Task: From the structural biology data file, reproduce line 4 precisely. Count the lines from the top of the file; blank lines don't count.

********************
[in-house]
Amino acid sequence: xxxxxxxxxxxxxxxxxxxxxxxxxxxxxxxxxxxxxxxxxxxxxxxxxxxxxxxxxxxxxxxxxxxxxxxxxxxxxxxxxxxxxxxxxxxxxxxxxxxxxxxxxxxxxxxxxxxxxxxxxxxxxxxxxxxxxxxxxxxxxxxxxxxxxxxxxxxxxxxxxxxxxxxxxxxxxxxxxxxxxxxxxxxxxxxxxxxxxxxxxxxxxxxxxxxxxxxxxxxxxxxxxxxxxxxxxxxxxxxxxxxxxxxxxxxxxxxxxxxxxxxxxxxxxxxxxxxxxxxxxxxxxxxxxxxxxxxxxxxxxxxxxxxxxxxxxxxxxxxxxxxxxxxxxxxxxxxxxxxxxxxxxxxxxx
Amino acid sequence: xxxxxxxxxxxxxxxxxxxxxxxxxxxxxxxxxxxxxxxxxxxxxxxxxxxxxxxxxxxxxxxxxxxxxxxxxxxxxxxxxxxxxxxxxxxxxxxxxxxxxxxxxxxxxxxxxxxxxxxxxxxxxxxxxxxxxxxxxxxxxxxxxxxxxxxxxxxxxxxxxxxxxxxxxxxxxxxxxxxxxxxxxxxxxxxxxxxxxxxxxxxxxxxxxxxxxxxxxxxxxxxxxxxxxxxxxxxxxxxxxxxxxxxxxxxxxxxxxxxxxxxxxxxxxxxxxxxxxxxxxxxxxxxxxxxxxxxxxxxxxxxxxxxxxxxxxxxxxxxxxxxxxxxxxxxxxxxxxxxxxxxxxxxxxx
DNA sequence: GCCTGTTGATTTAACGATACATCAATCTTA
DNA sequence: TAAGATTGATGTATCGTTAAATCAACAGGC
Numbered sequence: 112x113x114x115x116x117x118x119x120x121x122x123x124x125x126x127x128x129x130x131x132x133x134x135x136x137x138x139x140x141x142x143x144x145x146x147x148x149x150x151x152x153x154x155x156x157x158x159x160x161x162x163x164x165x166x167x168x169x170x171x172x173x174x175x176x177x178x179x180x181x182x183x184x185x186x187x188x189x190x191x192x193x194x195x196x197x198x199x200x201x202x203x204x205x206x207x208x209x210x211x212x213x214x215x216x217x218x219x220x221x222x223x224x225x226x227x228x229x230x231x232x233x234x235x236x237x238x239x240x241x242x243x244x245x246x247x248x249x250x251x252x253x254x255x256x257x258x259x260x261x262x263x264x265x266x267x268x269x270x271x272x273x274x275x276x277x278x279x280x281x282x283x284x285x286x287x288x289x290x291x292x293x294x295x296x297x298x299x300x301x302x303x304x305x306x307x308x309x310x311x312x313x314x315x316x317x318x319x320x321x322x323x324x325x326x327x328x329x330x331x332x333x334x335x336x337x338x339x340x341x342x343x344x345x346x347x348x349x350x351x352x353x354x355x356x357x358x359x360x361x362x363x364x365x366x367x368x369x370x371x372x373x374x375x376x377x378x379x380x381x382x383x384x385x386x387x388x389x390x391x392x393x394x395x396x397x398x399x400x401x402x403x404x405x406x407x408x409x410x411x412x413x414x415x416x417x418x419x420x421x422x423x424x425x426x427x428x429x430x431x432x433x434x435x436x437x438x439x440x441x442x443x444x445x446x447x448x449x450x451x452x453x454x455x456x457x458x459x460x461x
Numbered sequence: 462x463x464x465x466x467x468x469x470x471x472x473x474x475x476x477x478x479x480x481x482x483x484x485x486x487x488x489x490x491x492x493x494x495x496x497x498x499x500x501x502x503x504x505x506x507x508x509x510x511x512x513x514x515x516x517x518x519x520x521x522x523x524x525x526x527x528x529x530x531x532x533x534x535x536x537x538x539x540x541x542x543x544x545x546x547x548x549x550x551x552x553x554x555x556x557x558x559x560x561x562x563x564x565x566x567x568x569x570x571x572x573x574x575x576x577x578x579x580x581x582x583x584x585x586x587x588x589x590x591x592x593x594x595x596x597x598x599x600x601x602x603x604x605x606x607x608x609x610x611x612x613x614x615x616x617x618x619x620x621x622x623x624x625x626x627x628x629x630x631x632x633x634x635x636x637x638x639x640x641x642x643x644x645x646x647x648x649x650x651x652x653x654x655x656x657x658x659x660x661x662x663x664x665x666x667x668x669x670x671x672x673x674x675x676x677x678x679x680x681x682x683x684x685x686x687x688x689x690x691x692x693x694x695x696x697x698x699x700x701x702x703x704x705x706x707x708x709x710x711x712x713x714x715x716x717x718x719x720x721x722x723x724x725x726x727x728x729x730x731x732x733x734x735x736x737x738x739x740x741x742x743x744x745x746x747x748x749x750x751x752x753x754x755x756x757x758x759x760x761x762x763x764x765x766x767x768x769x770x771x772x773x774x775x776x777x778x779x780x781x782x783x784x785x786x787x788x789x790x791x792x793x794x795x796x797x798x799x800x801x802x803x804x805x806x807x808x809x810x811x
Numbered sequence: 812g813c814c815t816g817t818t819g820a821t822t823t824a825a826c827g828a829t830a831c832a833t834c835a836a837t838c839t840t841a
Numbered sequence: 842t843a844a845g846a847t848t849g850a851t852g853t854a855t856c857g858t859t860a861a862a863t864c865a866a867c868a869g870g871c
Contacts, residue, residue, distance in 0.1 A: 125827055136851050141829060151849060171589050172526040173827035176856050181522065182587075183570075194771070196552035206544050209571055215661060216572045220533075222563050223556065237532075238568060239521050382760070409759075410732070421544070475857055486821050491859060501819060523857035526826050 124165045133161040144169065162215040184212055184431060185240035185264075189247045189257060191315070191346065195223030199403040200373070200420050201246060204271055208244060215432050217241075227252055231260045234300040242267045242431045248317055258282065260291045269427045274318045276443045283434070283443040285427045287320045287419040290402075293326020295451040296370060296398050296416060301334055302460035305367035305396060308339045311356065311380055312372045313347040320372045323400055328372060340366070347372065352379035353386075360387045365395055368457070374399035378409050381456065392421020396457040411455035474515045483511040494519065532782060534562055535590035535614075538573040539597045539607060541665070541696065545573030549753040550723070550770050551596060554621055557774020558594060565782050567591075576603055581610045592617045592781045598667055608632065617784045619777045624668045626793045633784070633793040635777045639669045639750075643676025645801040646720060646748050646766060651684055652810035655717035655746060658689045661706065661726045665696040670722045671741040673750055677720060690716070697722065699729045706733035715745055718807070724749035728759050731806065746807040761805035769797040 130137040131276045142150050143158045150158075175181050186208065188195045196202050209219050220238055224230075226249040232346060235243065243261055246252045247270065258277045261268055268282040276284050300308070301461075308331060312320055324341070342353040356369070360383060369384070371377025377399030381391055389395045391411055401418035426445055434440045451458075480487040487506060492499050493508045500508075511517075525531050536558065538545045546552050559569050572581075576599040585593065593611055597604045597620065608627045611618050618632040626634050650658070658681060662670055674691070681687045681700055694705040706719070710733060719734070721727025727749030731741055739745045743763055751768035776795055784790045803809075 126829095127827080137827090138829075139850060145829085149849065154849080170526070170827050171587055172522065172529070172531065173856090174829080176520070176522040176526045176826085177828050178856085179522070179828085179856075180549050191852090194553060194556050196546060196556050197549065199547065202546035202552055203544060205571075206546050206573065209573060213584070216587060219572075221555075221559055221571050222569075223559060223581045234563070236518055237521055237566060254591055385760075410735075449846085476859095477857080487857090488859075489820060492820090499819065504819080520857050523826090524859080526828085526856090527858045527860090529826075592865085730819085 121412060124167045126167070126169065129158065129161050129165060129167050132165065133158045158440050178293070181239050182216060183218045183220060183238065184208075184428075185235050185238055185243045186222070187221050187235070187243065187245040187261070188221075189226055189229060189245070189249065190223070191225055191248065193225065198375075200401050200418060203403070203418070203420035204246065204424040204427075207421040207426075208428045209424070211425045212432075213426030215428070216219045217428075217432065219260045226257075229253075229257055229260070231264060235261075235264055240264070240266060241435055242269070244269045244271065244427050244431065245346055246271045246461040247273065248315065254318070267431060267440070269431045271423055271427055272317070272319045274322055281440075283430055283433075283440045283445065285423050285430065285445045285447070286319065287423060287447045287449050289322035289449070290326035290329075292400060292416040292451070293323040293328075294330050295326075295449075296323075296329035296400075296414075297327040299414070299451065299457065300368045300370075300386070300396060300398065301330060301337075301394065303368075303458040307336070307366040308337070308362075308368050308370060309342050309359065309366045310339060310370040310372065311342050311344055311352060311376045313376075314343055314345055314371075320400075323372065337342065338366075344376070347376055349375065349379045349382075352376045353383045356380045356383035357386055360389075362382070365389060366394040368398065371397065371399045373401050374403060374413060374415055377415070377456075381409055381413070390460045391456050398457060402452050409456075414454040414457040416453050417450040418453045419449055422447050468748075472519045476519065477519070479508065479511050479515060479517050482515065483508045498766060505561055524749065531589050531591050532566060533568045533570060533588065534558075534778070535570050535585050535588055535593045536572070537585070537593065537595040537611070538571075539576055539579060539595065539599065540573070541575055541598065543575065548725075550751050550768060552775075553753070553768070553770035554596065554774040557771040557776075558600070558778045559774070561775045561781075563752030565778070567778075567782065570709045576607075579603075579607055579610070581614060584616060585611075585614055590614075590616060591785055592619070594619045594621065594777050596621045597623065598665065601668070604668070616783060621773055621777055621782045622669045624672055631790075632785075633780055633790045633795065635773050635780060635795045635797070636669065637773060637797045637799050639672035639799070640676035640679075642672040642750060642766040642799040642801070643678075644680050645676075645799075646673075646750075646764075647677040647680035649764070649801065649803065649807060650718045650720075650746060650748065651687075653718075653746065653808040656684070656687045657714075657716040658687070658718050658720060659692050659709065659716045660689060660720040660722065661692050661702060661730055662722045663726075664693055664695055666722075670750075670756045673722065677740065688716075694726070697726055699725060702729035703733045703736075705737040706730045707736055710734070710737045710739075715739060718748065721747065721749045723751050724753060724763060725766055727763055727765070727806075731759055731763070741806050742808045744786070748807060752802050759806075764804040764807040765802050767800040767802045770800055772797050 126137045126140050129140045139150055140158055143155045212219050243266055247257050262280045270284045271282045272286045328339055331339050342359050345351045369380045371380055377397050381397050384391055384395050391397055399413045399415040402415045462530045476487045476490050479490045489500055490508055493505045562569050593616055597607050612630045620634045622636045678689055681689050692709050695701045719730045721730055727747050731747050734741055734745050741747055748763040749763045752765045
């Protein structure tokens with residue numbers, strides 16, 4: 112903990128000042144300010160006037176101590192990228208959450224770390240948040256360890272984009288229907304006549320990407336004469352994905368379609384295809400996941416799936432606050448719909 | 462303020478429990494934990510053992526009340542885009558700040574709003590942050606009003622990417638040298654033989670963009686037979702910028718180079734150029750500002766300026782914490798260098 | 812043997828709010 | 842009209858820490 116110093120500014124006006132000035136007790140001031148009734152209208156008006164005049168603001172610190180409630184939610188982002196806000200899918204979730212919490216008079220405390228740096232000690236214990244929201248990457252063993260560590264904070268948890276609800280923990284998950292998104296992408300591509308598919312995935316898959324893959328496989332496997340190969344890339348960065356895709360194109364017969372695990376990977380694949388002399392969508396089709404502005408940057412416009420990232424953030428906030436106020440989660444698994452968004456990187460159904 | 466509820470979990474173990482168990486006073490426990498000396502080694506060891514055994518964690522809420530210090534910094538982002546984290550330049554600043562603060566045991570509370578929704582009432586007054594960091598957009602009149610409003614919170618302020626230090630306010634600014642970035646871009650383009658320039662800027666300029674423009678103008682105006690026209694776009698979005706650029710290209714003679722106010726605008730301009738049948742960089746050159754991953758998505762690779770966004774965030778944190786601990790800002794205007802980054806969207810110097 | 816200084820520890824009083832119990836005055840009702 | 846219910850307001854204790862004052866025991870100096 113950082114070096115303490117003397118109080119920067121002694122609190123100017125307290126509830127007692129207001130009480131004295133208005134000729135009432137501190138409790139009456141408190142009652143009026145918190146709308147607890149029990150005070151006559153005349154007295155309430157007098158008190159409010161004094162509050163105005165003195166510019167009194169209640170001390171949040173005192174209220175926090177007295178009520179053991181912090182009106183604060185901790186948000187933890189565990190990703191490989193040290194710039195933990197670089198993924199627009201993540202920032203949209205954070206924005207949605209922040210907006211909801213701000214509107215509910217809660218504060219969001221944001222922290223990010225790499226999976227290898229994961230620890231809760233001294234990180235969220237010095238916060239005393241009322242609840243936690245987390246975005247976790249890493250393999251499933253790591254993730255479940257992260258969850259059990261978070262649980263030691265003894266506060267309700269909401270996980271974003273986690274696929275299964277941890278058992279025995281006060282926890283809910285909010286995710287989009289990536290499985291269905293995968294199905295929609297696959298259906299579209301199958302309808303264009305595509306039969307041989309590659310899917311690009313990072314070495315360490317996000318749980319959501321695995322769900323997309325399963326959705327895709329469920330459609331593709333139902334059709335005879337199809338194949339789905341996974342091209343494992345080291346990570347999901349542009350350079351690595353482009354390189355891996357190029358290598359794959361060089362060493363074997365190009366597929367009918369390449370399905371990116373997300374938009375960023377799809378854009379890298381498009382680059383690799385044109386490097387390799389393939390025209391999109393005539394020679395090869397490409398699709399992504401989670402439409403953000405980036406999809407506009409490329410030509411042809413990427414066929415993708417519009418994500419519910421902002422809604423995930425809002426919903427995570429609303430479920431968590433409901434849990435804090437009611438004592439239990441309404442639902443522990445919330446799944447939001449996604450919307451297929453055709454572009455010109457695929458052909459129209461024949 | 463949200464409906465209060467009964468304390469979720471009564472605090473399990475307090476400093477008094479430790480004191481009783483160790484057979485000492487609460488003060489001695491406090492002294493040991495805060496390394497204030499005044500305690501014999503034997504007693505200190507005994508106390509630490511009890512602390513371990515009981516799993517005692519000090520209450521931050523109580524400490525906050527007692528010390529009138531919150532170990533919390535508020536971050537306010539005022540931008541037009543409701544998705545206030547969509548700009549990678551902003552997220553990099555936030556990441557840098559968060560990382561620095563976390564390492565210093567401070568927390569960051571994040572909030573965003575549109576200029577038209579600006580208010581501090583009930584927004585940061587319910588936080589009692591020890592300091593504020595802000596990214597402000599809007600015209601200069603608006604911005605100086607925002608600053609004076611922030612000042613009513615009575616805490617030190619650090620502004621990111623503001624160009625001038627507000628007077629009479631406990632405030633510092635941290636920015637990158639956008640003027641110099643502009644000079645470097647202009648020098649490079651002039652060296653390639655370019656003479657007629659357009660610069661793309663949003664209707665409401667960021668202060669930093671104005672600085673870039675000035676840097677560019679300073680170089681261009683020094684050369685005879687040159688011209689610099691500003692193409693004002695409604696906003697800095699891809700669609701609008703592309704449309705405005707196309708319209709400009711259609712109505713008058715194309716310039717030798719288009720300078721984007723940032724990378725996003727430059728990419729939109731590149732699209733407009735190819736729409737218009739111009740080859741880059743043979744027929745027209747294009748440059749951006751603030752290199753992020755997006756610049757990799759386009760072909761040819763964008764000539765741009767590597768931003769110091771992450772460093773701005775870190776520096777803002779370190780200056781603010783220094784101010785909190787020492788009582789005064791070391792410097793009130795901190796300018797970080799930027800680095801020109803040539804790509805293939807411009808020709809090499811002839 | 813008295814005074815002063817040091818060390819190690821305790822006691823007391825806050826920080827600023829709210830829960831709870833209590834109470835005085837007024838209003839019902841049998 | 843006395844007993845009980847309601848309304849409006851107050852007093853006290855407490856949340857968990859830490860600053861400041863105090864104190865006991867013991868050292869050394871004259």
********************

DNA sequence: GCCTGTTGATTTAACGATACATCAATCTTA